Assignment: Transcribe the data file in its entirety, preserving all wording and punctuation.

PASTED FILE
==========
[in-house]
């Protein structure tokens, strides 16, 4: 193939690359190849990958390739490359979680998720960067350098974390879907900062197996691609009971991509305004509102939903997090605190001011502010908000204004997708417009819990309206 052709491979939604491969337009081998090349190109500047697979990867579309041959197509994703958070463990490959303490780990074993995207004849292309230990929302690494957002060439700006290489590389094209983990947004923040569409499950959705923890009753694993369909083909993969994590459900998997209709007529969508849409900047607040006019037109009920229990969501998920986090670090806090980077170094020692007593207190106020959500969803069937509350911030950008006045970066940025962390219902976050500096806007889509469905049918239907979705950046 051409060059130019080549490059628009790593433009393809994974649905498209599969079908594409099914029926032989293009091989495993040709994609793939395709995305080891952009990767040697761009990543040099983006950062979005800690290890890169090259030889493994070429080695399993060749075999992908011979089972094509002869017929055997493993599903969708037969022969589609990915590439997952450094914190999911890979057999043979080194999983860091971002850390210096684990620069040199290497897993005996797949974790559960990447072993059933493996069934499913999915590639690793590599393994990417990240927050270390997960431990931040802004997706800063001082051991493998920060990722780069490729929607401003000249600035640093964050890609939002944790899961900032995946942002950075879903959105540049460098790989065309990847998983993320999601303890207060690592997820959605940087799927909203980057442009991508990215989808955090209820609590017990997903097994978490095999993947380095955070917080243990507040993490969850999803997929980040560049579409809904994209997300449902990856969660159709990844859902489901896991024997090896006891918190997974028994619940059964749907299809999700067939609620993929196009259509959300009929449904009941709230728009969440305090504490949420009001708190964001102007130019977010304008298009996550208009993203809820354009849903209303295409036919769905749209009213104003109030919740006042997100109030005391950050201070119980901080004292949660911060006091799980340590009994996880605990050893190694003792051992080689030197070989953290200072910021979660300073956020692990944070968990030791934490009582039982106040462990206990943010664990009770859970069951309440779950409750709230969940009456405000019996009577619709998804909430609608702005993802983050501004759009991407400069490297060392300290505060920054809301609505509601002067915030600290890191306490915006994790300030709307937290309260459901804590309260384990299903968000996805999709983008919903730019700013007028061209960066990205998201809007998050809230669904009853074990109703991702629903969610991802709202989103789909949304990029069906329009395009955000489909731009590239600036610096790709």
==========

[in-house]
């Protein structure tokens, strides 16, 4: 193939690359190849990958390739490359979680998720960067350098974390879907900062197996691609009971991509305004509102939903997090605190001011502010908000204004997708417009819990309206 052709491979939604491969337009081998090349190109500047697979990867579309041959197509994703958070463990490959303490780990074993995207004849292309230990929302690494957002060439700006290489590389094209983990947004923040569409499950959705923890009753694993369909083909993969994590459900998997209709007529969508849409900047607040006019037109009920229990969501998920986090670090806090980077170094020692007593207190106020959500969803069937509350911030950008006045970066940025962390219902976050500096806007889509469905049918239907979705950046 051409060059130019080549490059628009790593433009393809994974649905498209599969079908594409099914029926032989293009091989495993040709994609793939395709995305080891952009990767040697761009990543040099983006950062979005800690290890890169090259030889493994070429080695399993060749075999992908011979089972094509002869017929055997493993599903969708037969022969589609990915590439997952450094914190999911890979057999043979080194999983860091971002850390210096684990620069040199290497897993005996797949974790559960990447072993059933493996069934499913999915590639690793590599393994990417990240927050270390997960431990931040802004997706800063001082051991493998920060990722780069490729929607401003000249600035640093964050890609939002944790899961900032995946942002950075879903959105540049460098790989065309990847998983993320999601303890207060690592997820959605940087799927909203980057442009991508990215989808955090209820609590017990997903097994978490095999993947380095955070917080243990507040993490969850999803997929980040560049579409809904994209997300449902990856969660159709990844859902489901896991024997090896006891918190997974028994619940059964749907299809999700067939609620993929196009259509959300009929449904009941709230728009969440305090504490949420009001708190964001102007130019977010304008298009996550208009993203809820354009849903209303295409036919769905749209009213104003109030919740006042997100109030005391950050201070119980901080004292949660911060006091799980340590009994996880605990050893190694003792051992080689030197070989953290200072910021979660300073956020692990944070968990030791934490009582039982106040462990206990943010664990009770859970069951309440779950409750709230969940009456405000019996009577619709998804909430609608702005993802983050501004759009991407400069490297060392300290505060920054809301609505509601002067915030600290890191306490915006994790300030709307937290309260459901804590309260384990299903968000996805999709983008919903730019700013007028061209960066990205998201809007998050809230669904009853074990109703991702629903969610991802709202989103789909949304990029069906329009395009955000489909731009590239600036610096790709």